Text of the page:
Earlier this week we looked at Shropshire's media elite, but today we've delved into the registers of Shrewsbury School to uncover the well-known former scholars whose education led them in many different directions!
Earlier this week we looked at Shropshire's media elite, but today we've delved into the registers of Shrewsbury School to uncover the well-known former scholars whose education led them in very different directions.
Also see Part One of our Famous Salopians Series for music, film and television stars.
A man who needs no introduction - Michael Palin is perhaps Shrewsbury's best-known scholar. The acclaimed actor and comedian went on to study at Oxford University where he met Terry Jones (pictured right). The pair later joined forces with John Cleese, Eric Idle and the late Graham Chapman, and the sensational sketch show Monty Python was born. Palin has since appeared in countless TV shows, but is most recently known for his travel series' on the BBC including Around The World In 80 Days, Pole to Pole and Himalaya.
Much-loved music DJ John Peel played a significant part in shaping British music, being the first DJ to bring an explosive combination of punk, blues, folk and rock to the ears of millions. Born just outside Liverpool, he was sent away to board at Shrewsbury School where his early enthusiasm for new music was noted in a school report. His early DJ career took him to Texas returning to Britain in 1967 to join Radio 1, where he remained until his sudden death in 2004.
Conservative Party politician Michael Heseltine was a scholar at Shrewsbury School before attending Oxford, where his ambition to become Prime Minister developed. After being called up for National Service in 1959, he was eventually elected to parliament and became a member of the shadow cabinate under Thatcher's rule before his appointment as Deputy Prime Minister during John Major's time in office.
Best known for hosting sports quiz They Think It's All Over and comedy series Room 101, Nick Hancock attended Shrewsbury School before studying at Cambridge. His television career began with the comedy chat show La Triviatta before he moved on to appear in Rowan Atkinson's Mr Bean and a multitude of other shows.
1950s silver screen heartthrob Richard Todd, star of the 1962 war film The Longest Day, was born in Ireland but moved to Devon at an early age and subsequently boarded at Shrewsbury School. A talented rugby player, Todd went on to serve as a paratrooper during WW2 before embarking on a successful stage career. His big break came in 1949 when he appeared in The Hasty Heart, which earned him an Academy Award Nomination. He since starred in The Dam Busters and played Heathcliffe in the 1953 adaptation of Wuthering Heights. He's pictured above receiving an award with Jean Simmons in 1950.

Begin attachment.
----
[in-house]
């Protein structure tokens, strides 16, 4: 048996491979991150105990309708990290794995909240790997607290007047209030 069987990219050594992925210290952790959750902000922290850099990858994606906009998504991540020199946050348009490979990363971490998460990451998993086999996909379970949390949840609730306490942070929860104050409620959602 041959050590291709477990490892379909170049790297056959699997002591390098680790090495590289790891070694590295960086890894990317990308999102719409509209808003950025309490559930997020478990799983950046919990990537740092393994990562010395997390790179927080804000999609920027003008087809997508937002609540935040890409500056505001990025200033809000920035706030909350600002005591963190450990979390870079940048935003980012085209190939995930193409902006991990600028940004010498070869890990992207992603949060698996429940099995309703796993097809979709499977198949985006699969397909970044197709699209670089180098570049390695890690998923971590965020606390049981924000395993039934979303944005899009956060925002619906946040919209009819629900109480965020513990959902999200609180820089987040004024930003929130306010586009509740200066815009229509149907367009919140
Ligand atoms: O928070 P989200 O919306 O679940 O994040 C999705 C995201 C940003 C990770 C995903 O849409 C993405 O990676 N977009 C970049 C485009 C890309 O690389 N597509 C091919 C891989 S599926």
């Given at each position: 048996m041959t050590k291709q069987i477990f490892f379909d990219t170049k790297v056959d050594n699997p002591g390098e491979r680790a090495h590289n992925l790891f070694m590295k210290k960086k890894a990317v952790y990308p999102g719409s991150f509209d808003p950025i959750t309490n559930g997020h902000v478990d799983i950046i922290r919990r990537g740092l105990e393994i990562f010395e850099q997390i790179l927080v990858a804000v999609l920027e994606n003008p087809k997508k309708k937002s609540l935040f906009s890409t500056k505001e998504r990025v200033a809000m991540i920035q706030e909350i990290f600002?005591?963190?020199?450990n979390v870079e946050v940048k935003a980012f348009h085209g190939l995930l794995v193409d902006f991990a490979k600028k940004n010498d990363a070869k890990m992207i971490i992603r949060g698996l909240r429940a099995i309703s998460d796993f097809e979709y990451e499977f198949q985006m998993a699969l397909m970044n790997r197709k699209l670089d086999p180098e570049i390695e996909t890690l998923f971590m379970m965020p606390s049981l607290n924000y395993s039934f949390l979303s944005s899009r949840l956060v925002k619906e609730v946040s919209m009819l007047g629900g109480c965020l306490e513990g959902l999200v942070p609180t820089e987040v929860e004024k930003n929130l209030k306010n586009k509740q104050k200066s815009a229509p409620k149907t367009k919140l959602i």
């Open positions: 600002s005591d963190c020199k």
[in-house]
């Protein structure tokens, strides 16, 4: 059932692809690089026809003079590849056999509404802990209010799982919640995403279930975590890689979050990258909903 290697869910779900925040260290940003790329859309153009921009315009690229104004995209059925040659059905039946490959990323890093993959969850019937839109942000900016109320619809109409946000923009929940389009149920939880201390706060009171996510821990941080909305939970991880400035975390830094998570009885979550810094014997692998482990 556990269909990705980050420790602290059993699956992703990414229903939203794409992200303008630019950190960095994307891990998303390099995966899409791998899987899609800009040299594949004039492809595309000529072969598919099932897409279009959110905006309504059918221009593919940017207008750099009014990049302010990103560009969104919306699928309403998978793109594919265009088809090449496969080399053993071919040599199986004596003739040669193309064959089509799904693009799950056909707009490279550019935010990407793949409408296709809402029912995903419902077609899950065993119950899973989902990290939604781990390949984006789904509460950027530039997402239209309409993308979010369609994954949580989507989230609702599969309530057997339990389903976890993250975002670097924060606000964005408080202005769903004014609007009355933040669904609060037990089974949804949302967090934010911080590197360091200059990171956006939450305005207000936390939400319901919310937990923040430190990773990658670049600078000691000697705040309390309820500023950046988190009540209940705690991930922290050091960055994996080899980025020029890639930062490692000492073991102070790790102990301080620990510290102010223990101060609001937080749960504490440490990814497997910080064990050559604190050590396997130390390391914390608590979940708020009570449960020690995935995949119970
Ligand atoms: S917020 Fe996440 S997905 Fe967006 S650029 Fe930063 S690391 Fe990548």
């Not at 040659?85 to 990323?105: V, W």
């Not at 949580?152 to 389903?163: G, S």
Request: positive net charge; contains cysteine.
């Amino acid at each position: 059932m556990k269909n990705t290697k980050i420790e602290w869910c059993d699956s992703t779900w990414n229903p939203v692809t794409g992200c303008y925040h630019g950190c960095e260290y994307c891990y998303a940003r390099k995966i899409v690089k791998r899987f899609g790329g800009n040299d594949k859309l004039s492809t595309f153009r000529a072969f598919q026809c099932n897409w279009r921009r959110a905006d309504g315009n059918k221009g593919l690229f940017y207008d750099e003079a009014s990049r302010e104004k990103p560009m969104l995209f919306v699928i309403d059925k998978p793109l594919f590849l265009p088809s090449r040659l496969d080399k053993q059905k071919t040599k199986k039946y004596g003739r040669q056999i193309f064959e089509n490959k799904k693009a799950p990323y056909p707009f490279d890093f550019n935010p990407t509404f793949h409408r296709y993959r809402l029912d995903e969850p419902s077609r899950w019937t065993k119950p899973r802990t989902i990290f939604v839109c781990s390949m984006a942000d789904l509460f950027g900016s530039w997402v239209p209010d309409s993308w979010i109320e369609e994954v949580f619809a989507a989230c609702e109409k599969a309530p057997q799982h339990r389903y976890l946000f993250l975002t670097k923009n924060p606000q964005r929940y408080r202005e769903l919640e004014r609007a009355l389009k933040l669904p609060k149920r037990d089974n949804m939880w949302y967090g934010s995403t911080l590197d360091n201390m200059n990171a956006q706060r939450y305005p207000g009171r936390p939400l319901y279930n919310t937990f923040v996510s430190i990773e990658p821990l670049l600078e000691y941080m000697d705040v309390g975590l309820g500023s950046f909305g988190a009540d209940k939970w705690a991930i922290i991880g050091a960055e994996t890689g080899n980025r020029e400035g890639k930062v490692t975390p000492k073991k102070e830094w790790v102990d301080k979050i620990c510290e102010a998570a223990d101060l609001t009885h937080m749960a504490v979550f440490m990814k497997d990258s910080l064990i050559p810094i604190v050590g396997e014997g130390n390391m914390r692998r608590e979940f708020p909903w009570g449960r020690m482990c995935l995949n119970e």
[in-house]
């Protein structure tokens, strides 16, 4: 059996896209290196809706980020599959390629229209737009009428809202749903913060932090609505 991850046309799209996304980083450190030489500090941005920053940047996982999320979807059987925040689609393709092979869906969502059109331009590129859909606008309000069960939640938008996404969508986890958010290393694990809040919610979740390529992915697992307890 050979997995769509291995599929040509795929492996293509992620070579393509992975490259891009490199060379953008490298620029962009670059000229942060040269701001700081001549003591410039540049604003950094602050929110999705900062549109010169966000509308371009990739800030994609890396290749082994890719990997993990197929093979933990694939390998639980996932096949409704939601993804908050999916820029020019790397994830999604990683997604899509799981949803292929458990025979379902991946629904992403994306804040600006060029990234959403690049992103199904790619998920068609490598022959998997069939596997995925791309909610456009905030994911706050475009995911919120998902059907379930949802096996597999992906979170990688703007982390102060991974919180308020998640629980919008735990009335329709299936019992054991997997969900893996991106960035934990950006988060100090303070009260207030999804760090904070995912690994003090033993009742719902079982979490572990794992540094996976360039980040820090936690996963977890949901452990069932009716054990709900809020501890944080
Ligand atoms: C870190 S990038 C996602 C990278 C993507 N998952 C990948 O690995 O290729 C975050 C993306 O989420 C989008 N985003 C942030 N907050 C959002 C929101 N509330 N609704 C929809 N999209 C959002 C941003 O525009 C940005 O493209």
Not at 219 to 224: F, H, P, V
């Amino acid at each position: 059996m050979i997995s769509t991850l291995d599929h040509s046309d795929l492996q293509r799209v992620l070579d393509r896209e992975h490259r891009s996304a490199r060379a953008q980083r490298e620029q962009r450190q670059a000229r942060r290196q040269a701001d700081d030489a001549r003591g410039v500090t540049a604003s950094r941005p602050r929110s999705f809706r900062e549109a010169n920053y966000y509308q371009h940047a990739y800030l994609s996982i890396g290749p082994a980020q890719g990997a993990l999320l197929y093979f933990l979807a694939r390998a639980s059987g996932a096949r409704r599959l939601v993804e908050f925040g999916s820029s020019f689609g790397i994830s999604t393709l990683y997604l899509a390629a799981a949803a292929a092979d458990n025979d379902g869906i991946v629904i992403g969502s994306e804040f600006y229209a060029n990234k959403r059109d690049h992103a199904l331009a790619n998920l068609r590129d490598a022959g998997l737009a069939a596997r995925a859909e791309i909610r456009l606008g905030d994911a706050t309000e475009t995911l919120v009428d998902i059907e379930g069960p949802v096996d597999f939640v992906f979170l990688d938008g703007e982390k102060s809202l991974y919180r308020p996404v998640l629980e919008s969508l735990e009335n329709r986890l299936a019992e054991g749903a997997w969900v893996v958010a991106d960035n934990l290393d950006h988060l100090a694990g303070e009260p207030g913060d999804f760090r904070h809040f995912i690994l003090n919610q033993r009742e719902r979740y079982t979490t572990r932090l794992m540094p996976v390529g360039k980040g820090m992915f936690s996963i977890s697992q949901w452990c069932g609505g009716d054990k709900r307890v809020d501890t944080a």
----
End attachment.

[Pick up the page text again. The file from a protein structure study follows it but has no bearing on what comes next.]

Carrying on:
Nick Owen, presenter of many well-known BBC and Central Television titles, went to Kingsland Grange until the age of 13 when he moved on to Shrewsbury School to complete his education. After a broadcasting job on BBC Radio Birmingham in the early 1970s, Nick went on to present Good Morning Britain on TV-AM and subsequently Good Morning With Anne And Nick alongside Anne Diamond, before moving on to Midlands Today in 1993.
"Oh sit down, oh sit doooown!" crooned Tim Booth, lead singer of the popular 1990s band James, in their biggest hit to date. Tim was born in Wakefield but attended Shrewsbury School before enrolling on a drama course at Manchester University. He's also an acclaimed actor and dancer, and released a successful solo album in 2004 before rejoining James in early 2007.
After a scholarship at Shrewsbury School, John Hutton studied law at Oxford before returning to his home city of Belfast as a barrister. He became Lord Chief Justice of Northern Ireland in 1988 but returned to England in the late 1990s to become a law lord. Lord Hutton was involved in several controversial and high-profile cases including the September Dossier and the extradition trial of Augusto Pinochet. He has now retired.
Willie Rushton, originally from Chelsea, met fellow cartoonist Richard Ingrams during their education at Shrewsbury School and together, they set up the cult magazine Private Eye in late 1961. Rushton went on to further fame performing impressions of politicians in David Frost's That Was The Week That Was, along with scores of other television and film appearances, until his death in 1996.Subscribe to our Newsletter